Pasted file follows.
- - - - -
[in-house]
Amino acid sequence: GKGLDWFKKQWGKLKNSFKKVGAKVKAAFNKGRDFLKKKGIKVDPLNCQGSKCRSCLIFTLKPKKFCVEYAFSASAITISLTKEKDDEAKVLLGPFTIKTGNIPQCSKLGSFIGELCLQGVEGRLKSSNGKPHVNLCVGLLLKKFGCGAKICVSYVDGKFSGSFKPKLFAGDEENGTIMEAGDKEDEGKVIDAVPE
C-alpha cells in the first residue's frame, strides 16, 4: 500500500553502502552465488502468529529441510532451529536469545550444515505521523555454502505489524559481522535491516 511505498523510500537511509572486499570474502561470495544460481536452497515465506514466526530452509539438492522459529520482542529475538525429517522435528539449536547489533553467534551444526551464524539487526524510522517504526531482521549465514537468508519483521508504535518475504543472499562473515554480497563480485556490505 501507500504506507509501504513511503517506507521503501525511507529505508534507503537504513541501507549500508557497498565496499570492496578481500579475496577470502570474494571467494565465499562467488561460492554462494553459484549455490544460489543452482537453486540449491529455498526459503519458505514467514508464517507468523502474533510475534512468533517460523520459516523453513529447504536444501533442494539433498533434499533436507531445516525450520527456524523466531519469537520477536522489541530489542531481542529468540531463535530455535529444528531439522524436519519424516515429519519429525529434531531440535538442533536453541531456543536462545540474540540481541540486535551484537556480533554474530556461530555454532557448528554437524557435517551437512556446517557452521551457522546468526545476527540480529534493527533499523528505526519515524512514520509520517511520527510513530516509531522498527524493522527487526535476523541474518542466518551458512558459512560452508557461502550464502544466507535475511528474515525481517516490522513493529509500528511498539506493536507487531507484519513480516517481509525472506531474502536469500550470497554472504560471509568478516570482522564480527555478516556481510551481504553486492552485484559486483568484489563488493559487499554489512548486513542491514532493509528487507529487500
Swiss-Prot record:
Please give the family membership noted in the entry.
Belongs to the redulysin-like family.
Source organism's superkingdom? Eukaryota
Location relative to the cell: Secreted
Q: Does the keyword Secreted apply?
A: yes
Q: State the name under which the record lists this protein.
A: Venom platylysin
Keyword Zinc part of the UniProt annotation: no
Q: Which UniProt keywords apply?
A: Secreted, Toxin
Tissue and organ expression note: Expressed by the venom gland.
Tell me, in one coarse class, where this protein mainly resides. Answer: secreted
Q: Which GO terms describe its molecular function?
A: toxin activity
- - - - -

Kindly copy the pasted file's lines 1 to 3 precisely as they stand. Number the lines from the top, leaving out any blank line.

[in-house]
Amino acid sequence: GKGLDWFKKQWGKLKNSFKKVGAKVKAAFNKGRDFLKKKGIKVDPLNCQGSKCRSCLIFTLKPKKFCVEYAFSASAITISLTKEKDDEAKVLLGPFTIKTGNIPQCSKLGSFIGELCLQGVEGRLKSSNGKPHVNLCVGLLLKKFGCGAKICVSYVDGKFSGSFKPKLFAGDEENGTIMEAGDKEDEGKVIDAVPE
C-alpha cells in the first residue's frame, strides 16, 4: 500500500553502502552465488502468529529441510532451529536469545550444515505521523555454502505489524559481522535491516 511505498523510500537511509572486499570474502561470495544460481536452497515465506514466526530452509539438492522459529520482542529475538525429517522435528539449536547489533553467534551444526551464524539487526524510522517504526531482521549465514537468508519483521508504535518475504543472499562473515554480497563480485556490505 501507500504506507509501504513511503517506507521503501525511507529505508534507503537504513541501507549500508557497498565496499570492496578481500579475496577470502570474494571467494565465499562467488561460492554462494553459484549455490544460489543452482537453486540449491529455498526459503519458505514467514508464517507468523502474533510475534512468533517460523520459516523453513529447504536444501533442494539433498533434499533436507531445516525450520527456524523466531519469537520477536522489541530489542531481542529468540531463535530455535529444528531439522524436519519424516515429519519429525529434531531440535538442533536453541531456543536462545540474540540481541540486535551484537556480533554474530556461530555454532557448528554437524557435517551437512556446517557452521551457522546468526545476527540480529534493527533499523528505526519515524512514520509520517511520527510513530516509531522498527524493522527487526535476523541474518542466518551458512558459512560452508557461502550464502544466507535475511528474515525481517516490522513493529509500528511498539506493536507487531507484519513480516517481509525472506531474502536469500550470497554472504560471509568478516570482522564480527555478516556481510551481504553486492552485484559486483568484489563488493559487499554489512548486513542491514532493509528487507529487500